Call Me by Your Name by André Aciman Read Online (FREE)
“Are you sorry I came?” Was I being intentionally fatuous?
“I’d hold you and kiss you if I could.”
I came up to his ear as he was just about to enter the post office and whispered, “Fuck me, Elio.”
He remembered and instantly moaned his own name three times, as we’d done during that night. I could feel myself already getting hard. Then, to tease him with the very same words he’d uttered earlier that morning, I said, “We’ll save it for later.”
Then I told him how Later! would always remind me of him. He laughed and said, “Later!”—meaning exactly what I wanted it to mean for a change: not just goodbye, or be off with you, but afternoon lovemaking. I turned around and was instantly on my bike, speeding my way back downhill, smiling broadly, almost singing if I could.
Never in my life had I been so happy. Nothing could go wrong, everything was happening my way, all the doors were clicking open one by one, and life couldn’t have been more radiant: it was shining right at me, and when I turned my bike left or right or tried to move away from its light, it followed me as limelight follows an actor onstage. I craved him but I could just as easily live without him, and either way was fine.
On my way, I decided to stop at Marzia’s house. She was headed to the beach. I joined her, and we went down to the rocks together and lay in the sun. I loved her smell, loved her mouth. She took off her top and asked me to put some sunscreen on her back, knowing that my hands would inevitably cup her breasts. Her family owned a thatched cabana by the beach and she said we should go inside. No one would come. I locked the door from the inside, sat her on the table, took off her bathing suit, and put my mouth where she smelled of the sea. She leaned back, and lifted both legs over my shoulders. How strange, I thought, how each shadowed and screened the other, without precluding the other. Barely half an hour ago I was asking Oliver to fuck me and now here I was about to make love to Marzia, and yet neither had anything to do with the other except through Elio, who happened to be one and the same person.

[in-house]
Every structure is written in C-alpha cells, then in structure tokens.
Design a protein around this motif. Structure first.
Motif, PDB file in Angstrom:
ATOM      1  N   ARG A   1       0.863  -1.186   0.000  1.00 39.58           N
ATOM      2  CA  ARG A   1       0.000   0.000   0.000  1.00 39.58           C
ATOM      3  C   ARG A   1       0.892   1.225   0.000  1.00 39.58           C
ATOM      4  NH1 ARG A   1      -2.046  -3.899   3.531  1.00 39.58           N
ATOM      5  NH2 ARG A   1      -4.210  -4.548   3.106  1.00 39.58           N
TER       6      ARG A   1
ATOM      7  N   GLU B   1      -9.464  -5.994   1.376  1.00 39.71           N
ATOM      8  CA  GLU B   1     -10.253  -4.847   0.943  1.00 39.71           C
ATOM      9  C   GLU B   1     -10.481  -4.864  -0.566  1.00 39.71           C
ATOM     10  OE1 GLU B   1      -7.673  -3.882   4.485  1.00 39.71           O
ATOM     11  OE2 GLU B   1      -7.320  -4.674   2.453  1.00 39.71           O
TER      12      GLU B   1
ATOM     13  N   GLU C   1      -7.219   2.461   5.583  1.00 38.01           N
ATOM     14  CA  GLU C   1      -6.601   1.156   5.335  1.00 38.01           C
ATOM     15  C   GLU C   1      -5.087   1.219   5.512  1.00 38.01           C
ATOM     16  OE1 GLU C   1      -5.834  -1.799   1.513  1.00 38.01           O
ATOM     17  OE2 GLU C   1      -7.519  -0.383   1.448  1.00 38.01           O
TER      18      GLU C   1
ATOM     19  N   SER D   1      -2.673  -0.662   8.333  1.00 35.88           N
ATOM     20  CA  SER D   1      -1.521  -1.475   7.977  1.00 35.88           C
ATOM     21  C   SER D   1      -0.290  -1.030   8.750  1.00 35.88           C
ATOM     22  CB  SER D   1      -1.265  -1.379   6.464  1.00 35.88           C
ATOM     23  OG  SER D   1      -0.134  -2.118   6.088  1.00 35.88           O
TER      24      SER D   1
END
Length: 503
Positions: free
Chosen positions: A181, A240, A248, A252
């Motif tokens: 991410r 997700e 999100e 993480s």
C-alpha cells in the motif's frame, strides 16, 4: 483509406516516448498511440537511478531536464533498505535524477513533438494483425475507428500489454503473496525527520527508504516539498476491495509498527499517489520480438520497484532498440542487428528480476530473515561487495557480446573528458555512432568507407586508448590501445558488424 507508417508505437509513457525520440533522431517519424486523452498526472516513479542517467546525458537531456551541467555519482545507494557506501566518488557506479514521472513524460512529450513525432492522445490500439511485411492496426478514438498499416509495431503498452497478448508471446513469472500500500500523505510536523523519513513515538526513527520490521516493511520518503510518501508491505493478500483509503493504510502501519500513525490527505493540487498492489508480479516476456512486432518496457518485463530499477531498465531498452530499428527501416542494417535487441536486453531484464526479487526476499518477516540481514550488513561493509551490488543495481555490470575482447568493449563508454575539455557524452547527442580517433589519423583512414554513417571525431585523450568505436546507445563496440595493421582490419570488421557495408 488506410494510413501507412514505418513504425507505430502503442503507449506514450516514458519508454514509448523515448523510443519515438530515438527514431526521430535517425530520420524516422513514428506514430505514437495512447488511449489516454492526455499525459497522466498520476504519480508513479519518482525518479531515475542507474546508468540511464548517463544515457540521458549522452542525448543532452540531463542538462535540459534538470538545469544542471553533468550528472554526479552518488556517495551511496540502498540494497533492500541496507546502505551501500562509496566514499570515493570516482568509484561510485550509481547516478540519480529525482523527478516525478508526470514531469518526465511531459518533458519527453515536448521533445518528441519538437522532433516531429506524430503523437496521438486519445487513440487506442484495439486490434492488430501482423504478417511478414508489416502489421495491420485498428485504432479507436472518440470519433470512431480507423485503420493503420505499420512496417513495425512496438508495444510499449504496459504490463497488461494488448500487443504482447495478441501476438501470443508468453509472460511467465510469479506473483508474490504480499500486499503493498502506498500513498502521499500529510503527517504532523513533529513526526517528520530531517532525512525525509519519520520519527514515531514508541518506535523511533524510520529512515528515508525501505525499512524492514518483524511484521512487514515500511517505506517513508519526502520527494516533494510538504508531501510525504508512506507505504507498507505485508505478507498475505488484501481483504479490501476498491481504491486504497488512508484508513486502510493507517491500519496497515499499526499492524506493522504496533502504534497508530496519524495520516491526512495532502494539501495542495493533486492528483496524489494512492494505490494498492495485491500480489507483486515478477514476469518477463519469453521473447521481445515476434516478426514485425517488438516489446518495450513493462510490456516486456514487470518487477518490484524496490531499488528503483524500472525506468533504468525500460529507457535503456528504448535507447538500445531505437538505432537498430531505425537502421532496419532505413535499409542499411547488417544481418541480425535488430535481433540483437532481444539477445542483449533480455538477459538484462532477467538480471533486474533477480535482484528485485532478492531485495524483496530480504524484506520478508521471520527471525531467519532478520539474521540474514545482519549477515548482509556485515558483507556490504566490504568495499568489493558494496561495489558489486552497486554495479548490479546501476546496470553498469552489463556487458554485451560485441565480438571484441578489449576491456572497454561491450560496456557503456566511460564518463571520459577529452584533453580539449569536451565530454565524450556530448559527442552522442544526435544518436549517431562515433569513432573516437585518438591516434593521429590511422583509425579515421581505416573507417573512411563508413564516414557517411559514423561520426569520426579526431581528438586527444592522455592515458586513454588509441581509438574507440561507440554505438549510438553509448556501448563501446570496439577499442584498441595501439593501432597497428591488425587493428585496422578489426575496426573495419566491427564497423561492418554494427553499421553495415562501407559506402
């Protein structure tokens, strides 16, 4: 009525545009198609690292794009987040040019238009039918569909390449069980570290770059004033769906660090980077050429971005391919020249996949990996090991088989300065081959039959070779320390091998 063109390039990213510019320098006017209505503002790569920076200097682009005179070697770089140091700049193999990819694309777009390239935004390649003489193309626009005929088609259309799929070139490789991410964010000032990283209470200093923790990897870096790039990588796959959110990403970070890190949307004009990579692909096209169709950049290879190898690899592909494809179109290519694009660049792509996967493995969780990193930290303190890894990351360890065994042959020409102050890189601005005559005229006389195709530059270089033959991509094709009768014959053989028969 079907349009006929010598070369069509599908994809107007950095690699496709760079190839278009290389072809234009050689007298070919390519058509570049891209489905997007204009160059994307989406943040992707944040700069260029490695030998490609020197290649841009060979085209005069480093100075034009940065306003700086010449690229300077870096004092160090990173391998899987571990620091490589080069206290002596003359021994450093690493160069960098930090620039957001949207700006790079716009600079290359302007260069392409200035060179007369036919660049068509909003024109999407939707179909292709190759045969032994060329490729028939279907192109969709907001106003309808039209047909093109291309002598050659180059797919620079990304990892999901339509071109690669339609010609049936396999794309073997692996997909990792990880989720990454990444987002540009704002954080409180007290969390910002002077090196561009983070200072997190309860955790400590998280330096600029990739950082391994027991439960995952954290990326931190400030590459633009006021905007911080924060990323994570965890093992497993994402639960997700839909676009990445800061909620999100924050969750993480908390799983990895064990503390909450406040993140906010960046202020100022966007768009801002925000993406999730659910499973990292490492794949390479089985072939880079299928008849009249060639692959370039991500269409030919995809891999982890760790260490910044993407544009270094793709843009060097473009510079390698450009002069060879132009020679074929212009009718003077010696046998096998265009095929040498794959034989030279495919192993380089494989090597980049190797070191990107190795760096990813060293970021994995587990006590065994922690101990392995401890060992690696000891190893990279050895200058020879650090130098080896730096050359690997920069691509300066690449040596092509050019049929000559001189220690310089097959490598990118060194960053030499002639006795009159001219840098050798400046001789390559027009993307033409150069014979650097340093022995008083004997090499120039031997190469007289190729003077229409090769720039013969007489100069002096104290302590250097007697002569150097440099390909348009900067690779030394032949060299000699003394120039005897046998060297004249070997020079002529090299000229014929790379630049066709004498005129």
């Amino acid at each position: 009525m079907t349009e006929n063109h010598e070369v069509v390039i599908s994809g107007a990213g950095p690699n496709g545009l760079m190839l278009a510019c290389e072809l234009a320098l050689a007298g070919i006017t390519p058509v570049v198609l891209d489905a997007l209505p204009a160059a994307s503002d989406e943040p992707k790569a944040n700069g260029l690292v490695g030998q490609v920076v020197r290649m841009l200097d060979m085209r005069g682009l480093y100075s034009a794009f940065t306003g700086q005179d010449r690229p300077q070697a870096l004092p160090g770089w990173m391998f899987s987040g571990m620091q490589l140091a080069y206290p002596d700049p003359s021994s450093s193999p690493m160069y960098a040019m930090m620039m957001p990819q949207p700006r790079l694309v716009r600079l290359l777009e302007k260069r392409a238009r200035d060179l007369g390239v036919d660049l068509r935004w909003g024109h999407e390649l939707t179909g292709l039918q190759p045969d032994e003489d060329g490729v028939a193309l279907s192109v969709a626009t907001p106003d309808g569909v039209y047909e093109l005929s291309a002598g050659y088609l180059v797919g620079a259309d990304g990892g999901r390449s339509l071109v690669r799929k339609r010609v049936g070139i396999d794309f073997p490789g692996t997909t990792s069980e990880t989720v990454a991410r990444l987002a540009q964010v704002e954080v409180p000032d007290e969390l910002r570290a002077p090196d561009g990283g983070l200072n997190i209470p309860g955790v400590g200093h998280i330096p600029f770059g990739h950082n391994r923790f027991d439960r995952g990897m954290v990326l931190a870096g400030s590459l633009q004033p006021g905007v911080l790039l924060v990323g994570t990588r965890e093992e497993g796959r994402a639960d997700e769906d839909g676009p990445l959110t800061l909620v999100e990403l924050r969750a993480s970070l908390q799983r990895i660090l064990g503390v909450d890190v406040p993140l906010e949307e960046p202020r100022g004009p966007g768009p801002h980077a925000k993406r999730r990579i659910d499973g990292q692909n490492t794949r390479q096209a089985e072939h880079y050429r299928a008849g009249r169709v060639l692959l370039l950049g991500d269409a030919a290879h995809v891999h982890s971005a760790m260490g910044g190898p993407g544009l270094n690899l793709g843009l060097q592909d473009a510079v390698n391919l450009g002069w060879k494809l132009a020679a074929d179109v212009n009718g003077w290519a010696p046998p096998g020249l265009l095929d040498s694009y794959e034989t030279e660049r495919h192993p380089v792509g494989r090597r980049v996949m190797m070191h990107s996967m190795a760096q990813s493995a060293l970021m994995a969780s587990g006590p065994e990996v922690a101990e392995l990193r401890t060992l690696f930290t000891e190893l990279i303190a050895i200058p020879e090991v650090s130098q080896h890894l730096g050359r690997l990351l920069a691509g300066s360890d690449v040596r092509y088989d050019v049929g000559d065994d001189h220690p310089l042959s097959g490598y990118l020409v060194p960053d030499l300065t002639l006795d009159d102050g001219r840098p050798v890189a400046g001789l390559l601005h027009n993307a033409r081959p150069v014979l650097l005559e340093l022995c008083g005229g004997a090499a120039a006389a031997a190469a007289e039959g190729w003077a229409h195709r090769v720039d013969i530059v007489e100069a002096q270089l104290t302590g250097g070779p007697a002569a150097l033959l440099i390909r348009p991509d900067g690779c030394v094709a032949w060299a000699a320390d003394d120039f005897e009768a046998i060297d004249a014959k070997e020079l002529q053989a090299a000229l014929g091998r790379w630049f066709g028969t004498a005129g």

After lunch Oliver said he had to go back to B. to hand Signora Milani his latest corrections. He cast an instant glance in my direction but, seeing I hadn’t responded, was already on his way. After two glasses of wine, I couldn’t wait to take a nap. I grabbed two huge peaches from the table and took them with me, and kissed my mother along the way. I’d eat them later, I said. In the dark bedroom, I deposited the fruit on the marble tabletop. And then undressed totally. Clean, cool, crisp-starched, sun-washed sheets drawn tight across my bed—God bless you, Mafalda. Did I want to be alone? Yes. One person last night; then again at dawn. Then in the morning, another. Now I lay on the sheets as happy as a stiff-grown, newly sprung sunflower filled with listless vigor on this sunniest of summer afternoons. Was I glad to be alone now that sleep was upon me? Yes. Well, no. Yes. But maybe not. Yes, yes, yes. I was happy, and this was all that mattered, with others, without others, I was happy.